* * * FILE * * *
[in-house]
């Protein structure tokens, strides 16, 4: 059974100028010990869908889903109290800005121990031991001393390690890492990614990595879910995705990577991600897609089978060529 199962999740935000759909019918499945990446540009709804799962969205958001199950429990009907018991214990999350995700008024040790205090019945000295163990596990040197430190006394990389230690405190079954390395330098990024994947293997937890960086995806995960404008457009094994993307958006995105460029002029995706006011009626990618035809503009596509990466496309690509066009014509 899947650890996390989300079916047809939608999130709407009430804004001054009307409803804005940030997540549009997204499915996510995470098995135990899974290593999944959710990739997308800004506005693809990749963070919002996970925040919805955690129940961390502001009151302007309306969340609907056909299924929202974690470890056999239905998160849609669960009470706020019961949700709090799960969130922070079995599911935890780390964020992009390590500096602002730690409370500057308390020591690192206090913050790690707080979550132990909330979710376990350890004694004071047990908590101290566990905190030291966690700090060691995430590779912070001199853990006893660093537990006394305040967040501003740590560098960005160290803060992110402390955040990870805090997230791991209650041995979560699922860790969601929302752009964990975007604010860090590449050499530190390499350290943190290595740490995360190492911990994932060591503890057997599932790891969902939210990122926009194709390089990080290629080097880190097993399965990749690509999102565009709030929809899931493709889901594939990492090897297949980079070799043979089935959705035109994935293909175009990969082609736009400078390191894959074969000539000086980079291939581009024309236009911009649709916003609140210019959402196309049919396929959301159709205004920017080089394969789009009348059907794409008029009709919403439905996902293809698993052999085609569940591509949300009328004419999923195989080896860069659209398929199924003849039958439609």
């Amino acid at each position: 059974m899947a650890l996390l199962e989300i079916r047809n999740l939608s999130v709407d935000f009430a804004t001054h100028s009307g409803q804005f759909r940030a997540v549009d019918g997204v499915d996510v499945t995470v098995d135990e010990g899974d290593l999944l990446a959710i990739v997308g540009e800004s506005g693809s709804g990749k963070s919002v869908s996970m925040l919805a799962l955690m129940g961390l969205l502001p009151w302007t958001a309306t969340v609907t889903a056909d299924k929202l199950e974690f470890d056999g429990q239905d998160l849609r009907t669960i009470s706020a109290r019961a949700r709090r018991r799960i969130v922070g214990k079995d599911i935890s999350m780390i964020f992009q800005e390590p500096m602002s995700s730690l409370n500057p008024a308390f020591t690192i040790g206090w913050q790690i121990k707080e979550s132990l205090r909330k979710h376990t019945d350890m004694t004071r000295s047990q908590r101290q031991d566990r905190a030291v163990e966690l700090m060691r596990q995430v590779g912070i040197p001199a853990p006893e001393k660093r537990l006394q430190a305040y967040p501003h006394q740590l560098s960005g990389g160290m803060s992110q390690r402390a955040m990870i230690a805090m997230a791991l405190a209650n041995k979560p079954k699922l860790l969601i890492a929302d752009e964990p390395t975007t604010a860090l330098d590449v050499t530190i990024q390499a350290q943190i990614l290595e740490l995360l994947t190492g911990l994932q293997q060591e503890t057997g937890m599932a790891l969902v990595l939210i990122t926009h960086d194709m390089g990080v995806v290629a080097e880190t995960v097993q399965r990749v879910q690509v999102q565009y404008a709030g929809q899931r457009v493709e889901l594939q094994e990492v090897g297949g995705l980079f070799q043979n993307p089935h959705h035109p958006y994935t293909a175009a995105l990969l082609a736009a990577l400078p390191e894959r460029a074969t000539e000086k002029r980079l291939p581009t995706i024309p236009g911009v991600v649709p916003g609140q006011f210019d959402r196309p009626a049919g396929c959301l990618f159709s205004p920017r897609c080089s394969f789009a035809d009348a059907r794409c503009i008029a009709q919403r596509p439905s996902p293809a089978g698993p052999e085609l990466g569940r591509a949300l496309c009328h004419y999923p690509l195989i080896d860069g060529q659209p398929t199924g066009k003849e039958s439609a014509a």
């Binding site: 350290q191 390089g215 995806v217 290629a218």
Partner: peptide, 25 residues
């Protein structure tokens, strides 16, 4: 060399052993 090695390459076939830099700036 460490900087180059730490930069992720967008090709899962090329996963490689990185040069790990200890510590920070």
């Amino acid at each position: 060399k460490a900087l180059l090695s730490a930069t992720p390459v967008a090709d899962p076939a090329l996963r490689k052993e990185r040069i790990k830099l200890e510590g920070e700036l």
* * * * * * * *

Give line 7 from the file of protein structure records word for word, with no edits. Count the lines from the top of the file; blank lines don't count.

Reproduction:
């Amino acid at each position: 060399k460490a900087l180059l090695s730490a930069t992720p390459v967008a090709d899962p076939a090329l996963r490689k052993e990185r040069i790990k830099l200890e510590g920070e700036l």